The right to petition for a writ of habeas corpus has nonetheless long been celebrated as the most efficient safeguard of the liberty of the subject. The jurist Albert Venn Dicey wrote that the British Habeas Corpus Acts "declare no principle and define no rights, but they are for practical purposes worth a hundred constitutional articles guaranteeing individual liberty".[2]

    The writ of habeas corpus is one of what are called the "extraordinary", "common law", or "prerogative writs", which were historically issued by the English courts in the name of the monarch to control inferior courts and public authorities within the kingdom. The most common of the other such prerogative writs are quo warranto, prohibito, mandamus, procedendo, and certiorari. The due process for such petitions is not simply civil or criminal, because they incorporate the presumption of non-authority. The official who is the respondent has the burden to prove his authority to do or not do something. Failing this, the court must decide for the petitioner, who may be any person, not just an interested party. This differs from a motion in a civil process in which the movant must have standing, and bears the burden of proof.



    Under Discussion

    The Rot Can No Longer Be Contained
    April 23, 2012 by Bob Livingston 




    The personal liberty laws were a series of laws passed by several U.S. states in the North in response to the Fugitive Slave Acts of 1793 and 1850.


    The laws were designed to protect free blacks, freedmen, and fugitive slaves by effectively nullifying the Fugitive Slave Law without actually invoking the controversial doctrine of nullification. This was done through provisions such as forbidding the use of state jails to imprison alleged fugitives, to prevent state officials from enforcing the strict law, and compelling slave bounty hunters to furnish corroborative proof that his captive was a fugitive, as well as according the accused the rights to trial by jury and appeal. Laws in some states made it easier to extradite a runaway if slave status were confirmed.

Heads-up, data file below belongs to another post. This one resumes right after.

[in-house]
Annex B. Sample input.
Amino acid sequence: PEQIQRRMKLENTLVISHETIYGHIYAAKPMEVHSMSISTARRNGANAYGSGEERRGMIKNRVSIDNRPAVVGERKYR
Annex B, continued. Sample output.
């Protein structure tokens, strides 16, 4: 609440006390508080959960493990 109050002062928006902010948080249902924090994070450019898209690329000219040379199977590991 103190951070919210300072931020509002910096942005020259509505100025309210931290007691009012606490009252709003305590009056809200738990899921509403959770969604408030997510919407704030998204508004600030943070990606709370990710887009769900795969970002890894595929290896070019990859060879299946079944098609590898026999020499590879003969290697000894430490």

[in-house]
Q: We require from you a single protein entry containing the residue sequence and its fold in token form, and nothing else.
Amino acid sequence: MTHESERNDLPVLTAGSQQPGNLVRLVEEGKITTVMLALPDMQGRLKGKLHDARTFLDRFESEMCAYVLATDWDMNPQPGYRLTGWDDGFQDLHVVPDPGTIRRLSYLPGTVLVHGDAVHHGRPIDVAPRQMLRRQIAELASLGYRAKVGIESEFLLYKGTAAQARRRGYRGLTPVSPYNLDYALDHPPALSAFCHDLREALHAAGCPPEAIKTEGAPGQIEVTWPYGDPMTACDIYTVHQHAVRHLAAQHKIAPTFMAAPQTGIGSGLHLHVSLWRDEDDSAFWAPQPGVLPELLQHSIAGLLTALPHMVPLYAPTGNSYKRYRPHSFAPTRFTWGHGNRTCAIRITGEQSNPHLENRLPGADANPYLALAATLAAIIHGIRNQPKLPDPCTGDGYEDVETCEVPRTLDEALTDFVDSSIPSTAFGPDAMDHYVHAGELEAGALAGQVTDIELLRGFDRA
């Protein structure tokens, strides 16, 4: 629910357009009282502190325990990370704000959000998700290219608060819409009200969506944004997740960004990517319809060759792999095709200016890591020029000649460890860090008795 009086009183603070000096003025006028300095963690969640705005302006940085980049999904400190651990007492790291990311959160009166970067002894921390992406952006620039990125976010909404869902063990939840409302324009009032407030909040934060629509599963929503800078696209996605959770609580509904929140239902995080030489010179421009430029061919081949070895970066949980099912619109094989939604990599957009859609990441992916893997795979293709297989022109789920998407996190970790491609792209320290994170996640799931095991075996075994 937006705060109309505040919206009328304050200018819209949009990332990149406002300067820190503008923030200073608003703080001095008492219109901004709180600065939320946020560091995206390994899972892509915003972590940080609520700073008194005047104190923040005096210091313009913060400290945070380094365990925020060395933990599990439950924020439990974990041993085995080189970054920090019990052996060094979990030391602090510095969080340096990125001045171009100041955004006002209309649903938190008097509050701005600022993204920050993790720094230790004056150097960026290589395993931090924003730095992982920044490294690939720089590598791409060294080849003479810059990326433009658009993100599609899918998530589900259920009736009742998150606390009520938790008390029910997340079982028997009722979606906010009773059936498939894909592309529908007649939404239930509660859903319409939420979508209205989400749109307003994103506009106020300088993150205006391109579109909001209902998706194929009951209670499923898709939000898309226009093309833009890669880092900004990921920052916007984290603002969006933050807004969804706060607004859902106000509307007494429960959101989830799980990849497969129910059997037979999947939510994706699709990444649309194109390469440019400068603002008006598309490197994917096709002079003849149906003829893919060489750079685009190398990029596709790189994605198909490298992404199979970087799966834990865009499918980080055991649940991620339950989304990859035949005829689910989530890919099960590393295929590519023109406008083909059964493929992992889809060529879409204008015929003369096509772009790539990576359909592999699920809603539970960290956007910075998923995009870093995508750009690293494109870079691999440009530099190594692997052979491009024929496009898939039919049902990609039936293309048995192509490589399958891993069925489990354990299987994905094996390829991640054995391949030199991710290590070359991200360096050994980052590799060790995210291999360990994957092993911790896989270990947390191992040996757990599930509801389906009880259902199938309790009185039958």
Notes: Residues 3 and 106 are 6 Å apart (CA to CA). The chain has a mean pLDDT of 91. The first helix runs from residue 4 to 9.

Posse Comitatus Act

    The Posse Comitatus Act is the United States federal law (18 U.S.C. § 1385, original at 20 Stat. 152) that was passed on June 18, 1878, after the end of Reconstruction. Its intent (in concert with the Insurrection Act of 1807) was to limit the powers of local governments and law enforcement agencies in using federal military personnel to enforce the laws of the land. Contrary to popular belief, the Act does not prohibit members of the Army from exercising state law enforcement, police, or peace officer powers that maintain "law and order"; it simply requires that any authority to do so must exist with the United States Constitution or Act of Congress. In this way, most use of the Army and the Air Force at the direction of the President does not offend the statute, even though it may be problematic for other reasons (politically).